- P3b reflects periodicity in linguistic sequences (2012)
- Temporal predictability is thought to affect stimulus processing by facilitating the allocation of attentional resources. Recent studies have shown that periodicity of a tonal sequence results in a decreased peak latency and a larger amplitude of the P3b compared with temporally random, i.e., aperiodic sequences. We investigated whether this applies also to sequences of linguistic stimuli (syllables), although speech is usually aperiodic. We compared aperiodic syllable sequences with two temporally regular conditions. In one condition, the interval between syllable onset was fixed, whereas in a second condition the interval between the syllables’ perceptual center (p-center) was kept constant. Event-related potentials were assessed in 30 adults who were instructed to detect irregularities in the stimulus sequences. We found larger P3b amplitudes for both temporally predictable conditions as compared to the aperiodic condition and a shorter P3b latency in the p-center condition than in both other conditions. These findings demonstrate that even in acoustically more complex sequences such as syllable streams, temporal predictability facilitates the processing of deviant stimuli. Furthermore, we provide first electrophysiological evidence for the relevance of the p-center concept in linguistic stimulus processing.
- Vom neuronalen Einzelfahrschein zur kortikalen Netzkarte : audio-visuelle Objekterkennung in der Großhirnrinde (2005)
- Die Wahrnehmung von Objekten gelingt uns jeden Tag unzählige Male – zumeist rasend schnell und problemlos. Obwohl fast immer mehrere unserer Sinne gleichzeitig bei ihrer Wahrnehmung angesprochen werden, erscheinen uns diese Objekte dennoch als ganzheitlich und geschlossen. Für die neuronale Verarbeitung eines bellenden Hundes zum Beispiel empfängt die Großhirnrinde zumindest Eingangsdaten des Seh- und des Hörsystems. Sie werden auf getrennten Pfaden und in spezialisierten Arealen mit aufsteigender Komplexität analysiert. Dieses Funktionsprinzip der parallel verteilten Verarbeitung stellt die Wissenschaftler aber auch vor das so genannte »Bindungsproblem«: Wo und wie werden die Details wieder zu einem Ganzen – zu einer neuronalen Repräsentation – zusammengefügt? Am Institut für medizinische Psychologie der Universitätsklinik Frankfurt untersuchen Neurokognitionsforscher die crossmodale Objekterkennung mit einer Kombination modernster Verfahren der Hirnforschung und kommen dabei den Ver - arbeitungspfaden in der Großhirnrinde auf die Spur.
- Praktische Übungen zur Psychophysiologie im Kurs Medizinische Psychologie (2007)
- Die Vermittlung der Zusammenhänge zwischen psychologischen Funktionen und körperlichen Veränderungen sowie deren Relevanz für die Entstehung und Aufrechterhaltung von Krankheiten stellt ein zentrales Ziel der Ausbildung in Medizinischer Psychologie dar. Zur Veranschaulichung dieser Zusammenhänge führten wir ein Psychophysiologie-Praktikum im ersten vorklinischen Semester ein. Die Studierenden führten in Vierergruppen mit Hilfe ausführlicher schriftlicher Instruktionen jeweils ca. 30 Minuten andauernde praktische Übungen durch, die die folgenden Themen behandelten: (1) Stress (abhängige Variable: Herzrate), (2) "Lügendetektor" (abhängige Variable: Hautleitwertsreaktionen), (3) Biofeedback (abhängige Variable: Hauttemperatur) und (4) Elektroenzephalogramm (abhängige Variable: Amplituden der vier klassischen Frequenzbänder). Die praktischen Übungen wurden durch theoretische Gruppenarbeiten und einen Termin zur Zusammenfassung der Ergebnisse der Übungen ergänzt. Die studentische Evaluation des Praktikums war durchweg positiv. So wurde das Praktikum als Bereicherung des Kurses angesehen, und der selbstbeurteilte Kenntnisstand auf dem Gebiet der Psychophysiologie zeigte eine signifikante Verbesserung. Diese Ergebnisse sowie unsere Eindrücke während des Praktikums bekräftigten unseren Entschluss, ein Psychophysiologie-Praktikum als Teil des Kurses der Medizinischen Psychologie und Medizinischen Soziologie fest zu etablieren.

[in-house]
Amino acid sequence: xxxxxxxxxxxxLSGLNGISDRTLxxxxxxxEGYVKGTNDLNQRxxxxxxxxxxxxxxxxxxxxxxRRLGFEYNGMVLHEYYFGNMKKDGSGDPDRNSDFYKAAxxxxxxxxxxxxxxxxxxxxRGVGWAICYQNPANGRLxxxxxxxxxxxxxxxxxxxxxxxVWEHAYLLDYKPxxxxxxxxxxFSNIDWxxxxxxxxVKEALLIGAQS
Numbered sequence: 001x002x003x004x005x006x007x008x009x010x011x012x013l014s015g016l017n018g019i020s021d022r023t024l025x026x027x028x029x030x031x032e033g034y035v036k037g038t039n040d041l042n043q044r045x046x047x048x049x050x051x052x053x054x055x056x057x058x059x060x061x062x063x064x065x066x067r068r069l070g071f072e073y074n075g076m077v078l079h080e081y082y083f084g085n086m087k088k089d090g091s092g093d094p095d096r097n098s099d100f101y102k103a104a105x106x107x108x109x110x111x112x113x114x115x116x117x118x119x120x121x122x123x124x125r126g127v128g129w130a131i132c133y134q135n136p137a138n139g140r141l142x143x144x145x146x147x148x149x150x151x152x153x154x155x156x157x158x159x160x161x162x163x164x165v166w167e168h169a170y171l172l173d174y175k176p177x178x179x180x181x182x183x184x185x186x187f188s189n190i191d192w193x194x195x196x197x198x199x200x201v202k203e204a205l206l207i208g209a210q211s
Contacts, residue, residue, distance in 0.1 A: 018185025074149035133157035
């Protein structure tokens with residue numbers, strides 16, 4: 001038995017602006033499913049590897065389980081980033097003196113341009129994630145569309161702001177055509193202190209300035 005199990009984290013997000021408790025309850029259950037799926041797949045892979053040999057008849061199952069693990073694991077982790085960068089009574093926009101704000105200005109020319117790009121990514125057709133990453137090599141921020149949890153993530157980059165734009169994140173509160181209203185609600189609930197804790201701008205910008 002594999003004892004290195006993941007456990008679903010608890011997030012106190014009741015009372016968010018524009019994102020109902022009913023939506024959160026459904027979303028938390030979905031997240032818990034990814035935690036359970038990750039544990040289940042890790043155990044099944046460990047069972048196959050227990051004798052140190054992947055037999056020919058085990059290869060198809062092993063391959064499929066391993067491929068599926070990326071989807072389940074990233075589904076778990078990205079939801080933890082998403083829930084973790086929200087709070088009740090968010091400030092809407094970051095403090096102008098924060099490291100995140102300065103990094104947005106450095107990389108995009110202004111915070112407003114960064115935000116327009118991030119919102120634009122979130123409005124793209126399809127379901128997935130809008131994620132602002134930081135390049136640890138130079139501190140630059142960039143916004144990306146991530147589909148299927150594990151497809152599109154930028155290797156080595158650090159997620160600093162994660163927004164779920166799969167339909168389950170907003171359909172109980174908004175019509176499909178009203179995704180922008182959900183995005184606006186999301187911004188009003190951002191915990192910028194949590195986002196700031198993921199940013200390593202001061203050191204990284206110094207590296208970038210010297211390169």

- Repetition enhancement for frequency-modulated but not unmodulated sounds: a human MEG study (2010)
- Background: Decoding of frequency-modulated (FM) sounds is essential for phoneme identification. This study investigates selectivity to FM direction in the human auditory system. Methodology/Principal Findings: Magnetoencephalography was recorded in 10 adults during a two-tone adaptation paradigm with a 200-ms interstimulus-interval. Stimuli were pairs of either same or different frequency modulation direction. To control that FM repetition effects cannot be accounted for by their on- and offset properties, we additionally assessed responses to pairs of unmodulated tones with either same or different frequency composition. For the FM sweeps, N1m event-related magnetic field components were found at 103 and 130 ms after onset of the first (S1) and second stimulus (S2), respectively. This was followed by a sustained component starting at about 200 ms after S2. The sustained response was significantly stronger for stimulation with the same compared to different FM direction. This effect was not observed for the non-modulated control stimuli. Conclusions/Significance: Low-level processing of FM sounds was characterized by repetition enhancement to stimulus pairs with same versus different FM directions. This effect was FM-specific; it did not occur for unmodulated tones. The present findings may reflect specific interactions between frequency separation and temporal distance in the processing of consecutive FM sweeps.